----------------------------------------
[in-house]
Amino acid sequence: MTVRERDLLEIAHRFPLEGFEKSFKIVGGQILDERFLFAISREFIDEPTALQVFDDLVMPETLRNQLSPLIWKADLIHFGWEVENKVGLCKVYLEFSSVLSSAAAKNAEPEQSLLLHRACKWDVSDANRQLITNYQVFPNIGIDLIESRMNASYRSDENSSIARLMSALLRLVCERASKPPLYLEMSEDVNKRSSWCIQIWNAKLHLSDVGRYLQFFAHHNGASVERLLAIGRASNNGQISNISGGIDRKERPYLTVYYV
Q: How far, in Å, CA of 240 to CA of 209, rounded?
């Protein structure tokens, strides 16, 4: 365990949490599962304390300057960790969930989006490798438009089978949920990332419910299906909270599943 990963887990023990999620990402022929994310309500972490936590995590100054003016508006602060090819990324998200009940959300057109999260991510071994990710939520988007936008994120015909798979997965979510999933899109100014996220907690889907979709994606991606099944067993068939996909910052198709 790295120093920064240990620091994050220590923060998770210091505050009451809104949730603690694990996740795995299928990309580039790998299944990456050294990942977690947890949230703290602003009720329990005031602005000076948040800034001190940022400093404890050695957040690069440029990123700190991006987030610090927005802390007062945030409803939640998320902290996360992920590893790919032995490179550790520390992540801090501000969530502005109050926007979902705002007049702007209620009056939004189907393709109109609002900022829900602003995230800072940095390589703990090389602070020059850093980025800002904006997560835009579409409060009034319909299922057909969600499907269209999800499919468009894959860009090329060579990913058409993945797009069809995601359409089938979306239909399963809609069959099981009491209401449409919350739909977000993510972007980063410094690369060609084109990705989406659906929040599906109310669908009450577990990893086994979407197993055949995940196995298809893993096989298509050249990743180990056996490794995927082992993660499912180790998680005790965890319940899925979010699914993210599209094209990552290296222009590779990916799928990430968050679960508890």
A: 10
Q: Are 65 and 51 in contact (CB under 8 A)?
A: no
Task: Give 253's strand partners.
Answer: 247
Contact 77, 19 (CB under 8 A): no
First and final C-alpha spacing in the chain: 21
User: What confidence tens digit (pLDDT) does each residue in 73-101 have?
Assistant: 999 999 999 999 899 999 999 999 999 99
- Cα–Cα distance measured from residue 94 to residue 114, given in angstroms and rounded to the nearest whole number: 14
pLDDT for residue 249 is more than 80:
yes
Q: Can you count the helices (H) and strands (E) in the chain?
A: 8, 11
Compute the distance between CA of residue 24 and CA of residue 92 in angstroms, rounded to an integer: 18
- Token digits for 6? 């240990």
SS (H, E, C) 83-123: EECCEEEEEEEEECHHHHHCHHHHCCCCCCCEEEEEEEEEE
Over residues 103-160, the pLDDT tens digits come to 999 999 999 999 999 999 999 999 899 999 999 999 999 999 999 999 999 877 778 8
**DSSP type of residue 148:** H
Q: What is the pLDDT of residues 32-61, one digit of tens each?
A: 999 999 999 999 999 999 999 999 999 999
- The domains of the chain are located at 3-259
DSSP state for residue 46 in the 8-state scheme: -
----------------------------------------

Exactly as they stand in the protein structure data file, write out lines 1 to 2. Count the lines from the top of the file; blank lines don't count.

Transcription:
[in-house]
Amino acid sequence: MTVRERDLLEIAHRFPLEGFEKSFKIVGGQILDERFLFAISREFIDEPTALQVFDDLVMPETLRNQLSPLIWKADLIHFGWEVENKVGLCKVYLEFSSVLSSAAAKNAEPEQSLLLHRACKWDVSDANRQLITNYQVFPNIGIDLIESRMNASYRSDENSSIARLMSALLRLVCERASKPPLYLEMSEDVNKRSSWCIQIWNAKLHLSDVGRYLQFFAHHNGASVERLLAIGRASNNGQISNISGGIDRKERPYLTVYYV